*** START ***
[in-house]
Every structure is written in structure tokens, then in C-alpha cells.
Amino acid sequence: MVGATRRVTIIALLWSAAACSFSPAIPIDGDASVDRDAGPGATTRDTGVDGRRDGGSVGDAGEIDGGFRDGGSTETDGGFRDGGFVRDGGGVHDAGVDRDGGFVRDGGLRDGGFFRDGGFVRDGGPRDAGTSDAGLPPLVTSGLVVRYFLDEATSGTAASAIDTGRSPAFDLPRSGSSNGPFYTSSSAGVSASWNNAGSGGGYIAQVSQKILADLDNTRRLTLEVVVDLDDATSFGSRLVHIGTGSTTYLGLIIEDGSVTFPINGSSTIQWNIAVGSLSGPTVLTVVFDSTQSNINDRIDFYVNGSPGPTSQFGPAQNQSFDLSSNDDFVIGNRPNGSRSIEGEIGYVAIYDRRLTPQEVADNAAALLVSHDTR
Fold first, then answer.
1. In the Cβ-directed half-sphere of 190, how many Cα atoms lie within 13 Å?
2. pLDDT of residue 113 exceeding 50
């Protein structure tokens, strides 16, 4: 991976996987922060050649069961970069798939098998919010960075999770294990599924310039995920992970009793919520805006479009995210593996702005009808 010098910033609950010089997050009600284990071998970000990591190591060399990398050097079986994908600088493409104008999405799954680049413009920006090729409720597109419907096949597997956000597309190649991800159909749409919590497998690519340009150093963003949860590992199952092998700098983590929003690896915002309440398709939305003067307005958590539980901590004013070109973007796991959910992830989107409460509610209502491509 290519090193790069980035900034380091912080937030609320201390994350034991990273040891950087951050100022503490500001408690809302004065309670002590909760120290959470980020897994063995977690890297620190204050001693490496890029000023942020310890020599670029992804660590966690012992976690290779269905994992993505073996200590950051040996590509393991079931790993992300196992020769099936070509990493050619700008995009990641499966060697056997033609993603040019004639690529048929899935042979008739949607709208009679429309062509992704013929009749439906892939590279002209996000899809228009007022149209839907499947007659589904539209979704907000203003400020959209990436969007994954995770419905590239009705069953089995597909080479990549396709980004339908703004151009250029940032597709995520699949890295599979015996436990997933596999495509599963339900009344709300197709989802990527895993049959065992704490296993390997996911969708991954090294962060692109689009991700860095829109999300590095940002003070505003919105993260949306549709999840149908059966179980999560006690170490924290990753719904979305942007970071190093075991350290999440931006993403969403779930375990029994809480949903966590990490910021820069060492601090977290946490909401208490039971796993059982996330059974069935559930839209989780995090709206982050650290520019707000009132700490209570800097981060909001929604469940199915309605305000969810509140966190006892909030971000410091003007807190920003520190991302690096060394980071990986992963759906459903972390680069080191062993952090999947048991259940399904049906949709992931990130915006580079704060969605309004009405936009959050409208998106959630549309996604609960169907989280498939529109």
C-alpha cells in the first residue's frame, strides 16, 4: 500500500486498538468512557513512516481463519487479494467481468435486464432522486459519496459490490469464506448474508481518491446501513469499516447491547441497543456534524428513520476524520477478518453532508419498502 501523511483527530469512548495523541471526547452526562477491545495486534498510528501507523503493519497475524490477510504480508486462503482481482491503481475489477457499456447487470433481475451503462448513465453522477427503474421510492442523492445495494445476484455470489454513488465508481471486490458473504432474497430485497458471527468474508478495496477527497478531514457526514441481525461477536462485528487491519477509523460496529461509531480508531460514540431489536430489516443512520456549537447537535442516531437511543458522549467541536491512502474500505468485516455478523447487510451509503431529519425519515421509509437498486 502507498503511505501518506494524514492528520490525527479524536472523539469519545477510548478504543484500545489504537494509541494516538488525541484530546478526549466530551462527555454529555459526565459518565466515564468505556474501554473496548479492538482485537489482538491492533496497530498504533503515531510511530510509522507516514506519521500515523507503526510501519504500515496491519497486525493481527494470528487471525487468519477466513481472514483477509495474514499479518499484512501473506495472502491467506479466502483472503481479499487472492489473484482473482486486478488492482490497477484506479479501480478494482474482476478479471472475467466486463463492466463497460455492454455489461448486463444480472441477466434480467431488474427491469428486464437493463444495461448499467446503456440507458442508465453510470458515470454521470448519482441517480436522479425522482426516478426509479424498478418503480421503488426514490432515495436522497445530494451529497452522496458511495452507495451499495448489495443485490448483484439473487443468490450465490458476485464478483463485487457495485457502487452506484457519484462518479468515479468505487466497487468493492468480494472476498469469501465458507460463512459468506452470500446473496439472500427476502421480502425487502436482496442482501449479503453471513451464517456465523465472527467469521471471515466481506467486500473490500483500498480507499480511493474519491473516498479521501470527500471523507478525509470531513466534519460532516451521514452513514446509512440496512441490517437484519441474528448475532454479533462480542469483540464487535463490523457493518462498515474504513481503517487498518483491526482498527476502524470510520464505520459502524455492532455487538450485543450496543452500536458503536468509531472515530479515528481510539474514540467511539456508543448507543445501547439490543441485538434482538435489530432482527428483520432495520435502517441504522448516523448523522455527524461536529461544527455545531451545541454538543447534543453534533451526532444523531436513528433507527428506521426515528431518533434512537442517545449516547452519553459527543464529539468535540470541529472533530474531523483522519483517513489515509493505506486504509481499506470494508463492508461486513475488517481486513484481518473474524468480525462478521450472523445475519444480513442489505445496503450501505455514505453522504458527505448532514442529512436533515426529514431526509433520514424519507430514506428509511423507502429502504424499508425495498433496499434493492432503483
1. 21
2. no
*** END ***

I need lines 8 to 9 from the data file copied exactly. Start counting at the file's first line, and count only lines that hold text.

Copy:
C-alpha cells in the first residue's frame, strides 16, 4: 500500500486498538468512557513512516481463519487479494467481468435486464432522486459519496459490490469464506448474508481518491446501513469499516447491547441497543456534524428513520476524520477478518453532508419498502 501523511483527530469512548495523541471526547452526562477491545495486534498510528501507523503493519497475524490477510504480508486462503482481482491503481475489477457499456447487470433481475451503462448513465453522477427503474421510492442523492445495494445476484455470489454513488465508481471486490458473504432474497430485497458471527468474508478495496477527497478531514457526514441481525461477536462485528487491519477509523460496529461509531480508531460514540431489536430489516443512520456549537447537535442516531437511543458522549467541536491512502474500505468485516455478523447487510451509503431529519425519515421509509437498486 502507498503511505501518506494524514492528520490525527479524536472523539469519545477510548478504543484500545489504537494509541494516538488525541484530546478526549466530551462527555454529555459526565459518565466515564468505556474501554473496548479492538482485537489482538491492533496497530498504533503515531510511530510509522507516514506519521500515523507503526510501519504500515496491519497486525493481527494470528487471525487468519477466513481472514483477509495474514499479518499484512501473506495472502491467506479466502483472503481479499487472492489473484482473482486486478488492482490497477484506479479501480478494482474482476478479471472475467466486463463492466463497460455492454455489461448486463444480472441477466434480467431488474427491469428486464437493463444495461448499467446503456440507458442508465453510470458515470454521470448519482441517480436522479425522482426516478426509479424498478418503480421503488426514490432515495436522497445530494451529497452522496458511495452507495451499495448489495443485490448483484439473487443468490450465490458476485464478483463485487457495485457502487452506484457519484462518479468515479468505487466497487468493492468480494472476498469469501465458507460463512459468506452470500446473496439472500427476502421480502425487502436482496442482501449479503453471513451464517456465523465472527467469521471471515466481506467486500473490500483500498480507499480511493474519491473516498479521501470527500471523507478525509470531513466534519460532516451521514452513514446509512440496512441490517437484519441474528448475532454479533462480542469483540464487535463490523457493518462498515474504513481503517487498518483491526482498527476502524470510520464505520459502524455492532455487538450485543450496543452500536458503536468509531472515530479515528481510539474514540467511539456508543448507543445501547439490543441485538434482538435489530432482527428483520432495520435502517441504522448516523448523522455527524461536529461544527455545531451545541454538543447534543453534533451526532444523531436513528433507527428506521426515528431518533434512537442517545449516547452519553459527543464529539468535540470541529472533530474531523483522519483517513489515509493505506486504509481499506470494508463492508461486513475488517481486513484481518473474524468480525462478521450472523445475519444480513442489505445496503450501505455514505453522504458527505448532514442529512436533515426529514431526509433520514424519507430514506428509511423507502429502504424499508425495498433496499434493492432503483
1. 21